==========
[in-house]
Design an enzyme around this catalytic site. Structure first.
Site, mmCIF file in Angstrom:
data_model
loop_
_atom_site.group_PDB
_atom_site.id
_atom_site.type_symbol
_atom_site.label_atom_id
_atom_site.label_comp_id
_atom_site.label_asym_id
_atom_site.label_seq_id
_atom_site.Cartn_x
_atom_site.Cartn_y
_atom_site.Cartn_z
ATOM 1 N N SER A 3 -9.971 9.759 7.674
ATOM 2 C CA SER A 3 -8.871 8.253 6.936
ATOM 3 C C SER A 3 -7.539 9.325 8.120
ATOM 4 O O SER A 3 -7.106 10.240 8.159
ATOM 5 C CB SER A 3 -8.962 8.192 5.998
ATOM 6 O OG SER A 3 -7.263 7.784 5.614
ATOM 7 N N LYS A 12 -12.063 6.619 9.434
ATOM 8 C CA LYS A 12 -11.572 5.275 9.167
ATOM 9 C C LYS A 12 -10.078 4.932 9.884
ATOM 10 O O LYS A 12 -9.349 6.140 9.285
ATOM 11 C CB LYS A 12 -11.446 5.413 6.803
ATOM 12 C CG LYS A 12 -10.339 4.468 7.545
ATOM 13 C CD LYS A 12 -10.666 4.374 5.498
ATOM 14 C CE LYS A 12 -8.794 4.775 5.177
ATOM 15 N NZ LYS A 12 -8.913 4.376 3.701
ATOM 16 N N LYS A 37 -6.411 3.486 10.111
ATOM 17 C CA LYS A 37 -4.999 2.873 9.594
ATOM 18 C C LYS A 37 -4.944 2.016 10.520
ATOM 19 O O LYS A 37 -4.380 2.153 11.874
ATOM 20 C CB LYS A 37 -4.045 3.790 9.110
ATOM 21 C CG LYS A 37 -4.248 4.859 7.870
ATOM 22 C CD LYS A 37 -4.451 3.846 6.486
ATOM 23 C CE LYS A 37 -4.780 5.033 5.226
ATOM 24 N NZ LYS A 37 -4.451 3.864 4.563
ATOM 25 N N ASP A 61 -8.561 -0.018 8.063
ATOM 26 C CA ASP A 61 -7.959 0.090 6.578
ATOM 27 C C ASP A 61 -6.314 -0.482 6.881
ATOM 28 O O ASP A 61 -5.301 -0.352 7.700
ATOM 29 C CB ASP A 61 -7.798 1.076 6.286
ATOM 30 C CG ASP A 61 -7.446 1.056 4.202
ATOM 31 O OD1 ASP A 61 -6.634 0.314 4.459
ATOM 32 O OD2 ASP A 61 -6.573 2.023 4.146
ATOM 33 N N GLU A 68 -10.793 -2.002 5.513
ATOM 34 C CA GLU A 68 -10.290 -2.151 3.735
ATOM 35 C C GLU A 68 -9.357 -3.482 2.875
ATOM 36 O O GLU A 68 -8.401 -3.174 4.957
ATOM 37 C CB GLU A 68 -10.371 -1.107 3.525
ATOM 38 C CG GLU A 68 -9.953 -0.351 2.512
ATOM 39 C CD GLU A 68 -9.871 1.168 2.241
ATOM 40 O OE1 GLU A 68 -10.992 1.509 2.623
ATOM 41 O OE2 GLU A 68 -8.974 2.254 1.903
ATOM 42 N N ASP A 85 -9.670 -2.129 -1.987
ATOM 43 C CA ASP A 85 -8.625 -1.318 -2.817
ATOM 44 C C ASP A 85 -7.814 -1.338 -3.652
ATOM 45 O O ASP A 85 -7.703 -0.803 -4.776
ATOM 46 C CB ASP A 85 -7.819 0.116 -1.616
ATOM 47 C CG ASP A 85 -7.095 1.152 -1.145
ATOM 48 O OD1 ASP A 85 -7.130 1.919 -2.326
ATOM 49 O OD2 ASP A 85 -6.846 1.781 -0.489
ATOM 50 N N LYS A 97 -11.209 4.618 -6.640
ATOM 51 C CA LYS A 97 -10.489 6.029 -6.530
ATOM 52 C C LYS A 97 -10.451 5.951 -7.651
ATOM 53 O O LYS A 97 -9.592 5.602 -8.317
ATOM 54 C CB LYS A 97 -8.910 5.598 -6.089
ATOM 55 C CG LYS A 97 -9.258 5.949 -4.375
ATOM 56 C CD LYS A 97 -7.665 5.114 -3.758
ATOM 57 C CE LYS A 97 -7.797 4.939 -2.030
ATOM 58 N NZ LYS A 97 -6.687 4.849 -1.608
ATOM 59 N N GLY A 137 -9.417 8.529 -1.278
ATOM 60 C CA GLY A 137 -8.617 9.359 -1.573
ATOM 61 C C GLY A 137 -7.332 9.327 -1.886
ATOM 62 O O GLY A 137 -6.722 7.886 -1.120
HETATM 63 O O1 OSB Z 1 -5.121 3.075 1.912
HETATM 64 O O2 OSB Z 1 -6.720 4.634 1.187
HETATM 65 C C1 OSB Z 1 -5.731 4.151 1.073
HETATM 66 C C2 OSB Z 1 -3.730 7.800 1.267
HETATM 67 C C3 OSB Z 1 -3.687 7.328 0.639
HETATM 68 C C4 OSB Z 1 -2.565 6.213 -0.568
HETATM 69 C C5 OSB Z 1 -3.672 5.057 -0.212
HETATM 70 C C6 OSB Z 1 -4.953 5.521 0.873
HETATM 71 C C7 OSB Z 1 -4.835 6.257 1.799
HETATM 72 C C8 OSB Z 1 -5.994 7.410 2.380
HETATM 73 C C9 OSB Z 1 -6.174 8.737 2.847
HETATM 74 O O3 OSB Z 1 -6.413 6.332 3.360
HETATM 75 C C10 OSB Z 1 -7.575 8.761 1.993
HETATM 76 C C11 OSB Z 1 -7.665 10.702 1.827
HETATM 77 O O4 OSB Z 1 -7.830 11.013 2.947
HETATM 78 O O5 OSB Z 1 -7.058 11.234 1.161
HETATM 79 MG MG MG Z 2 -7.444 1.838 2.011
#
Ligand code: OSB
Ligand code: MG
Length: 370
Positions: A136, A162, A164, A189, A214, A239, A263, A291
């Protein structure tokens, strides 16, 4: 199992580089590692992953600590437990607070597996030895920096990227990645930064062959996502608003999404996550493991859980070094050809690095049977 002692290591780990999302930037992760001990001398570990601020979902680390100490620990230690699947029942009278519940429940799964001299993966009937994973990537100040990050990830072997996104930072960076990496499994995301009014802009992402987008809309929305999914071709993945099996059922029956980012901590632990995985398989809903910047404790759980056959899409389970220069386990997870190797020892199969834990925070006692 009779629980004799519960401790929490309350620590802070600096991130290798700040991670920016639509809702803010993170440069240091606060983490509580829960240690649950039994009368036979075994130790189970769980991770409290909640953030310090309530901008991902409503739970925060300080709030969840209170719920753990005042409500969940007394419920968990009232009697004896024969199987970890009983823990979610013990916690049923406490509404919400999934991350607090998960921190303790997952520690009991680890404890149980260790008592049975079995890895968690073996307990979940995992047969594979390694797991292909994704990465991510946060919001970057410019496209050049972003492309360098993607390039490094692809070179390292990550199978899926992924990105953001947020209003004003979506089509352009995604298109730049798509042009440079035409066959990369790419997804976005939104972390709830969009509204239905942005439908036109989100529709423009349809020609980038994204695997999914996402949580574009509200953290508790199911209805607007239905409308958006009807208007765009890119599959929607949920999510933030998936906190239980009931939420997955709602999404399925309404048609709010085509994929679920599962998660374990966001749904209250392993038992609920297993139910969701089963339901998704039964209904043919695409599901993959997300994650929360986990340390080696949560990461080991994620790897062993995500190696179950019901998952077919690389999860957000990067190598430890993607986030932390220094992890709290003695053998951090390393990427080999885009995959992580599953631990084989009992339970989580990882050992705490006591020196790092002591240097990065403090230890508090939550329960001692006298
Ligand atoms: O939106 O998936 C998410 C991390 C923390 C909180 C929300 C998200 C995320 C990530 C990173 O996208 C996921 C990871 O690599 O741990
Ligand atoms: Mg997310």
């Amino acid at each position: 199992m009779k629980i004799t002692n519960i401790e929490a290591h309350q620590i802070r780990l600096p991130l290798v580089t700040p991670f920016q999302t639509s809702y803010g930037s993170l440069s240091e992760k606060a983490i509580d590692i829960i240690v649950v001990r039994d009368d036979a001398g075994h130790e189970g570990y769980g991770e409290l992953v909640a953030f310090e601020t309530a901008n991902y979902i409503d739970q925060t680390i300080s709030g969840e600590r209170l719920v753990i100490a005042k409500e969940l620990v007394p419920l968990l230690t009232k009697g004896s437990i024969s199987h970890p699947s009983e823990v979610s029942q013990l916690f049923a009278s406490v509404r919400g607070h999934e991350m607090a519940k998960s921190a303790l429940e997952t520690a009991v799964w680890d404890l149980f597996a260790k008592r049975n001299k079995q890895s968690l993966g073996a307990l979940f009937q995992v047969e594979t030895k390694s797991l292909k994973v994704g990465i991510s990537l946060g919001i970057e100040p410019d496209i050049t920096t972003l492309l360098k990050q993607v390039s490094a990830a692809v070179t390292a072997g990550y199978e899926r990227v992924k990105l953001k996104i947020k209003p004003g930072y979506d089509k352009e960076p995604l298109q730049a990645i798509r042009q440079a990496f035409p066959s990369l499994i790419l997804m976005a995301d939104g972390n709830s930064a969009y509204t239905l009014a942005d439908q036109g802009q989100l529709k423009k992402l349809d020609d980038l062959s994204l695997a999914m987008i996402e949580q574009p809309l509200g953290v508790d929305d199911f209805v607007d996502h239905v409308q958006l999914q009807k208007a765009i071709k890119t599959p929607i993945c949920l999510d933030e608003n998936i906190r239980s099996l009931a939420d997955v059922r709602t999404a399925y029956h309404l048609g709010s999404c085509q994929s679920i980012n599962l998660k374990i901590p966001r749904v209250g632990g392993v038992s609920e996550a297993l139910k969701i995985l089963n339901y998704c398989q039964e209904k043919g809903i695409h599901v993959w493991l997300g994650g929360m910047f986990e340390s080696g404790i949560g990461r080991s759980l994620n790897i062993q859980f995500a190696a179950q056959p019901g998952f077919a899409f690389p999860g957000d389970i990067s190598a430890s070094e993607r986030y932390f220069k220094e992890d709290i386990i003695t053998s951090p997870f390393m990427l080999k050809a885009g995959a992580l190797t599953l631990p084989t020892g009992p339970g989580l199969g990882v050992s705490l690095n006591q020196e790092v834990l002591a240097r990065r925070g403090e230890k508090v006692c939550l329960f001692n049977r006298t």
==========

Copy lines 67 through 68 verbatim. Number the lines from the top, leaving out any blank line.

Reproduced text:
ATOM 52 C C LYS A 97 -10.451 5.951 -7.651
ATOM 53 O O LYS A 97 -9.592 5.602 -8.317